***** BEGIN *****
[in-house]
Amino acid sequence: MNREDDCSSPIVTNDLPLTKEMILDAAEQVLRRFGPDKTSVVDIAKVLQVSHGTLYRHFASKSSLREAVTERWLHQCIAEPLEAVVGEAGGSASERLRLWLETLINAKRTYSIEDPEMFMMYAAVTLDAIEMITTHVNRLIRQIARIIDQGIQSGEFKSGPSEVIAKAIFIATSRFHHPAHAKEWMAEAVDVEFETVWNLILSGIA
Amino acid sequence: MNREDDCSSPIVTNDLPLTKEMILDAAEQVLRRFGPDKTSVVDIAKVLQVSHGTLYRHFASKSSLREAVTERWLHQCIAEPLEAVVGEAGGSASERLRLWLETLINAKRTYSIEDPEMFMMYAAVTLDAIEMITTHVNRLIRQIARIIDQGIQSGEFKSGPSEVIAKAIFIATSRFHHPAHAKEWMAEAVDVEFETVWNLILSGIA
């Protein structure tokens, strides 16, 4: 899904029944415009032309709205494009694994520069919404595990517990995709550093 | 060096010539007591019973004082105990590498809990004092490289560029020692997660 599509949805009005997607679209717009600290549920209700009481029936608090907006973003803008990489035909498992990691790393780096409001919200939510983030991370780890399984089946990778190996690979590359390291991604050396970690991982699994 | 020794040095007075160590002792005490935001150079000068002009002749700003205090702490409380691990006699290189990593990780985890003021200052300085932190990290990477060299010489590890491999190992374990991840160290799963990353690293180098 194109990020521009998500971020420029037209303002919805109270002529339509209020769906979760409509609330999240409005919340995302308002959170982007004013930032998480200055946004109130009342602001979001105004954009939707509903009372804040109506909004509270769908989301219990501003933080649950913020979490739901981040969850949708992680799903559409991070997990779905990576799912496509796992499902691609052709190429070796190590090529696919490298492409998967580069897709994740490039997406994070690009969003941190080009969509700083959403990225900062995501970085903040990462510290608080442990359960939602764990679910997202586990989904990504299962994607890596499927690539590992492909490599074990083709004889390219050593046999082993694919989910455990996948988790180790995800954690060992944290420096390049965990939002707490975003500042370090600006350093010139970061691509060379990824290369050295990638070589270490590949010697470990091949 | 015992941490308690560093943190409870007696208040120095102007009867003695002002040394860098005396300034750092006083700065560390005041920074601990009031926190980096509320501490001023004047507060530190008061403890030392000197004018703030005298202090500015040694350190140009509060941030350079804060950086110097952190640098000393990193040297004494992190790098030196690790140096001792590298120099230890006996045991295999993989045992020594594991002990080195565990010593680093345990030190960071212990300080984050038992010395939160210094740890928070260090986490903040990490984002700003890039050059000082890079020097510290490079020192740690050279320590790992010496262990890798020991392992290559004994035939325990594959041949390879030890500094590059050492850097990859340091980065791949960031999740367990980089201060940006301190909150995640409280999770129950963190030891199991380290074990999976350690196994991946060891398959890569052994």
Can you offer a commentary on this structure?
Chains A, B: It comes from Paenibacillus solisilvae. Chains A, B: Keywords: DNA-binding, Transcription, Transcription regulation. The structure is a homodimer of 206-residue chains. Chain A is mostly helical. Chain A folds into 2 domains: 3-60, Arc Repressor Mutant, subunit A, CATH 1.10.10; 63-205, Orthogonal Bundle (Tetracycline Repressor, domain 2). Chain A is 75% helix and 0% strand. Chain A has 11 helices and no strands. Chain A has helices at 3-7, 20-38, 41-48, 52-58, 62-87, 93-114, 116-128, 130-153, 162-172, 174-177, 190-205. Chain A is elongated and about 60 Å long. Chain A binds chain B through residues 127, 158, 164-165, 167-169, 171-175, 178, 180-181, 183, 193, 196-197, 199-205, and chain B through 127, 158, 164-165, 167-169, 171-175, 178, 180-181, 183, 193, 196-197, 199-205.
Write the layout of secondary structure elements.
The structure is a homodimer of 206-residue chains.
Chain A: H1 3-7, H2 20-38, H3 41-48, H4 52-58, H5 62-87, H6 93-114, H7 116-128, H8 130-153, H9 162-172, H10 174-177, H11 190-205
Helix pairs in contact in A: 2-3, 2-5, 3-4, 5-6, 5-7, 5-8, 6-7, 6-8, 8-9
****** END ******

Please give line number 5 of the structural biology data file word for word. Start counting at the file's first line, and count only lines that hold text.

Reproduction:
Can you offer a commentary on this structure?